“Yeah, something always jumps up when you least expect it. Big news, a murder in this town.”

“Suppose so.”

“Probably get some big-time reporters in for this one. You ready?”

Al snickered. “Not even close.”

“Might even get some television crews out of Kansas City.”

“Boy, I really need that.”

Jerry handed him a piece of paper. “I bought the paper just two years before you came here. I wasn’t even aware there had ever been a murder in the town’s history, but I went back on the computer and found one.”


“Yeah, about fifteen years ago. Funny, nobody has ever talked about it before.”

“So what’s on this paper?”

“It’s a copy of the articles that appeared in the Herald at that time. Old man Richards was editor then. Must have been one of the last big stories before he sold out to Les Monahan.”

“Thanks, Jerry.”

“Any idea what happened out there tonight?”

Al made a smacking noise. “Not really. Someone comes to this woman’s trailer, tells her there is a problem, she leaves to calm it down and never comes back.”

Jerry took a half-pint bottle of whiskey from his back pocket. “Care for a snort? Help calm you down.”

“No, I think I better be thinking straight.”

Jerry took a big drink. “Ah. I can’t think without this stuff. First one this evening.” He took another drink and Al shivered just watching him. “Good for what ails you.”

Al knew it wouldn’t do anything for what was ailing him right now. “Think I’ll just head home and read these articles you gave me.” He wasn‘t sure if he was going to find anything helpful in them, but he had to try. As soon as he got home, he checked on his wife and kids to make sure they were safe, a habit of his if he was out late. Once he was settled at the kitchen table with a glass of milk and a piece of chocolate cake, he started reading.

The woman who was murdered was Alice Atkins, wife of Mel Atkins, who ran a feed store in town. Alice had been a second grade teacher in the town for eleven years. She had left the family house one evening around eight-thirty to walk the dog. Her body was found in the woods behind the city park. The dog’s leash was beside her, but the clasp to hold it to his collar was broken. It was theorized that the dog maybe saw a raccoon or some other animal near the park, made a lunge for it, broke the leash and ran into the woods. Mrs. Atkins probably ran after the dog, which came home the next morning, still wearing its collar and seemingly none the worse for wear. It had burrs tangled in its fur, but nothing else seemed to be wrong.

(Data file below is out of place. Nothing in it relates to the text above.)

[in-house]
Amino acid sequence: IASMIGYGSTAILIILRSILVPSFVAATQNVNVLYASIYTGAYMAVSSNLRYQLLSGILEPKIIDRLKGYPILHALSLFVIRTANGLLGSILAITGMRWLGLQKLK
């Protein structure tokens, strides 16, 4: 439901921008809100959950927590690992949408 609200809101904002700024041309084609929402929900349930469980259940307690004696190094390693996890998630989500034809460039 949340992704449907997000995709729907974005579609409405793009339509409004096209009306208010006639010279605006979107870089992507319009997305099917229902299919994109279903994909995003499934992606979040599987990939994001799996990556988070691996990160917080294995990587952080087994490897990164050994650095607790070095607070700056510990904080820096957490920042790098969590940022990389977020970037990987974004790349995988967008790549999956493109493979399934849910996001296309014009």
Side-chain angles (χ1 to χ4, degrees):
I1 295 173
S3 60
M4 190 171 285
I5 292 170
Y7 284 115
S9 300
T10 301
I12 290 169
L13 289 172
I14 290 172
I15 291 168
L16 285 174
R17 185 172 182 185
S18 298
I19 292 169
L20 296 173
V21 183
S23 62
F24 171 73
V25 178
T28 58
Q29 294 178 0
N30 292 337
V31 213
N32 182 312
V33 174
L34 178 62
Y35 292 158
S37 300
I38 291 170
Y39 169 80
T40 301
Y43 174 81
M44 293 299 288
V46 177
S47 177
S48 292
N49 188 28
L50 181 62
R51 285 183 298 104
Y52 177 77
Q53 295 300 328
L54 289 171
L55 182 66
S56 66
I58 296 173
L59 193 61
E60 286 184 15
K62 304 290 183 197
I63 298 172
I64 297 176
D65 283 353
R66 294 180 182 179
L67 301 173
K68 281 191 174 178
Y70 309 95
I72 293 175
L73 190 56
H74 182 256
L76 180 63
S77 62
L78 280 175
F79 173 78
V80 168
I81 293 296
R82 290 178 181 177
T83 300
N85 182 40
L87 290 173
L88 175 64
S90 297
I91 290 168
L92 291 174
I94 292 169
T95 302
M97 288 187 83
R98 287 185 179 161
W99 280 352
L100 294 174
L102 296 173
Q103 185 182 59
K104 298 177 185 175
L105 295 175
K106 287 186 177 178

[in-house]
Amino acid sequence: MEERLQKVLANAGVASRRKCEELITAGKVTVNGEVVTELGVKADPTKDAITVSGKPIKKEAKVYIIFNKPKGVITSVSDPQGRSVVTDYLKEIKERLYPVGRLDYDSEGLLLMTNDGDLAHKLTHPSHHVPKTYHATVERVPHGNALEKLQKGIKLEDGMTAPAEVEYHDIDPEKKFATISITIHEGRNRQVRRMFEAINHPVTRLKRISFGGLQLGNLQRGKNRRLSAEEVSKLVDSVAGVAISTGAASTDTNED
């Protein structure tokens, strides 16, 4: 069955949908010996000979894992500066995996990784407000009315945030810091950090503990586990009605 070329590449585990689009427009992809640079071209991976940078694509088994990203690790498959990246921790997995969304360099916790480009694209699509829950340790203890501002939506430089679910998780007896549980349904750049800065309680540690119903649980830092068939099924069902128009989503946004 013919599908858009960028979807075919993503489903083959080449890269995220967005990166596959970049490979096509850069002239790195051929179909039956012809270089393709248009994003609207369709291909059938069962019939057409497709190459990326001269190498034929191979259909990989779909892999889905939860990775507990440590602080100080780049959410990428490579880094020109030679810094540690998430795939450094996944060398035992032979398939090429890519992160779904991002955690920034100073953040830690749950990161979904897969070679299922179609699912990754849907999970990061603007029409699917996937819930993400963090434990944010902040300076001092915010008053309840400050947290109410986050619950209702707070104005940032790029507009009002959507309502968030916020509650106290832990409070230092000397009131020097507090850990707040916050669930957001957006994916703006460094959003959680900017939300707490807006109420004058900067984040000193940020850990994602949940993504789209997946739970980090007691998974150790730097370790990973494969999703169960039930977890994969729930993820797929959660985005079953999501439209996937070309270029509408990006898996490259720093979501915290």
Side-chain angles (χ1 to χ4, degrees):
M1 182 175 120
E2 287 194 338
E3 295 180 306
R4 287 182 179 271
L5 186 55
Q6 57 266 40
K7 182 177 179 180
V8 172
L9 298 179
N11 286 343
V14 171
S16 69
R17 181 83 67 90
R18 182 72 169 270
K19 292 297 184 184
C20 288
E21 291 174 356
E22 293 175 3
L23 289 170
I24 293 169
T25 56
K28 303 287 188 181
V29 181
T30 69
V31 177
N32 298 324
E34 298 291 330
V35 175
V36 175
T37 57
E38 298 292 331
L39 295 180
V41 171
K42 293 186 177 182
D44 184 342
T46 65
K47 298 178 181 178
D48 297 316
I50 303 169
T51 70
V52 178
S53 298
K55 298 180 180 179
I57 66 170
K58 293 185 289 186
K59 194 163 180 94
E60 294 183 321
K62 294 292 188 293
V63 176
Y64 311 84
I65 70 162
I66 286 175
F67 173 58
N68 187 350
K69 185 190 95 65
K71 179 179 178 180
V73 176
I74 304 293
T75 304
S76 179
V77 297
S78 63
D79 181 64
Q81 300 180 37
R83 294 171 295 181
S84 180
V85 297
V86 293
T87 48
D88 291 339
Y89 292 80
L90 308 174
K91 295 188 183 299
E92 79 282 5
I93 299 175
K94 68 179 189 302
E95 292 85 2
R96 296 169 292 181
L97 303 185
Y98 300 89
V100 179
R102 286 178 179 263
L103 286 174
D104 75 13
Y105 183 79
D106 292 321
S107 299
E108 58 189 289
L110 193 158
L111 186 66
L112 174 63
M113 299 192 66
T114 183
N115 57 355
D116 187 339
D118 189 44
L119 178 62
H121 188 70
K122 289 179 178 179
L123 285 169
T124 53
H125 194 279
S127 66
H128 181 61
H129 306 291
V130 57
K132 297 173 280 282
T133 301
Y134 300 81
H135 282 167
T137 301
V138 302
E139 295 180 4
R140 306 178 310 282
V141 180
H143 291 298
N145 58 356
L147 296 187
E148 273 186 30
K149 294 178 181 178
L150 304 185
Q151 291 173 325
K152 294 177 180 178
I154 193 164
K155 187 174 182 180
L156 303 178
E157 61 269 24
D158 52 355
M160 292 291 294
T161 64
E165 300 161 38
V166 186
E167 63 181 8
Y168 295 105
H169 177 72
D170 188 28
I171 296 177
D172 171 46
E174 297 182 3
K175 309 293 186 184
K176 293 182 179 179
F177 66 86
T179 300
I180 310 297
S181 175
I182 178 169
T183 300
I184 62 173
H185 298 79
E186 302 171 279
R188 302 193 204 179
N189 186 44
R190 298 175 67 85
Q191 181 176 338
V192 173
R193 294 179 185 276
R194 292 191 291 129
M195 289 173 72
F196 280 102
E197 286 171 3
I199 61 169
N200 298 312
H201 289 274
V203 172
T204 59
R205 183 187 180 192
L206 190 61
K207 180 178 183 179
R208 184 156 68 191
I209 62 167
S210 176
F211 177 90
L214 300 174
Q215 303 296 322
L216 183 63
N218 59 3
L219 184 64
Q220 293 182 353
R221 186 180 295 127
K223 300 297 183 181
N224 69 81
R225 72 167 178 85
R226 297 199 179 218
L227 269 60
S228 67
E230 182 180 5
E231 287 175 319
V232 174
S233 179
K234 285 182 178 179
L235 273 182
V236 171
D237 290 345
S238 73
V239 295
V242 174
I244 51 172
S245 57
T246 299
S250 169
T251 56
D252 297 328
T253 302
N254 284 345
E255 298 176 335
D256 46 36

An investigation was held by the then city marshal, Luke Tomlinson, along with the county sheriff, but no arrests were ever made. One article stated that Mrs. Atkins had been stabbed to death. No other details were given on how she was killed; a murder weapon was never found.

Al leaned back in his chair and took a large drink of milk to wash down a bite of chocolate cake. It seemed to him there were lots of coincidences, but nothing solid enough to put together. Both victims were women, both were stabbed and both were found in the woods by the city park. Then another thought ran through his mind–both had a relationship to Mel Atkins. Then he got to the “but” part of all of this: they were killed fifteen years apart. His cell phone rang. It was the county coroner telling him they were just getting into town to retrieve the body. The call woke up his wife who came into the kitchen tying her robe. “Everything okay, baby?”

“Yeah. I just need to go back to the park for a little while. You go back to sleep.” He kissed her on the cheek and left.

The county coroner wasn’t the same person who had worked the first murder. He did promise Al he would look up the records on it and get them to him. Al was at Atkins Feed at seven the next morning. “Going to the big celebration today, Mel? I’m looking forward to the fireworks tonight.”

Mel was shuffling some papers on the counter.

“Figured you might have a booth set up down there.”

“Oh, I do. Tony is gonna work it for me until I can get there this afternoon.”

Al noticed his hands were shaking. “I would like to ask you a couple of questions, Mel.”

He dropped the pen he was holding. “About…Irene?”

“That, and about your wife.”


“Yes, Alice.”

“What about her?”

“Well, Mel, I realize this is probably painful, but there are some things I need to know.”


“I read in some old newspaper articles that she was stabbed, but is that all there is to it?”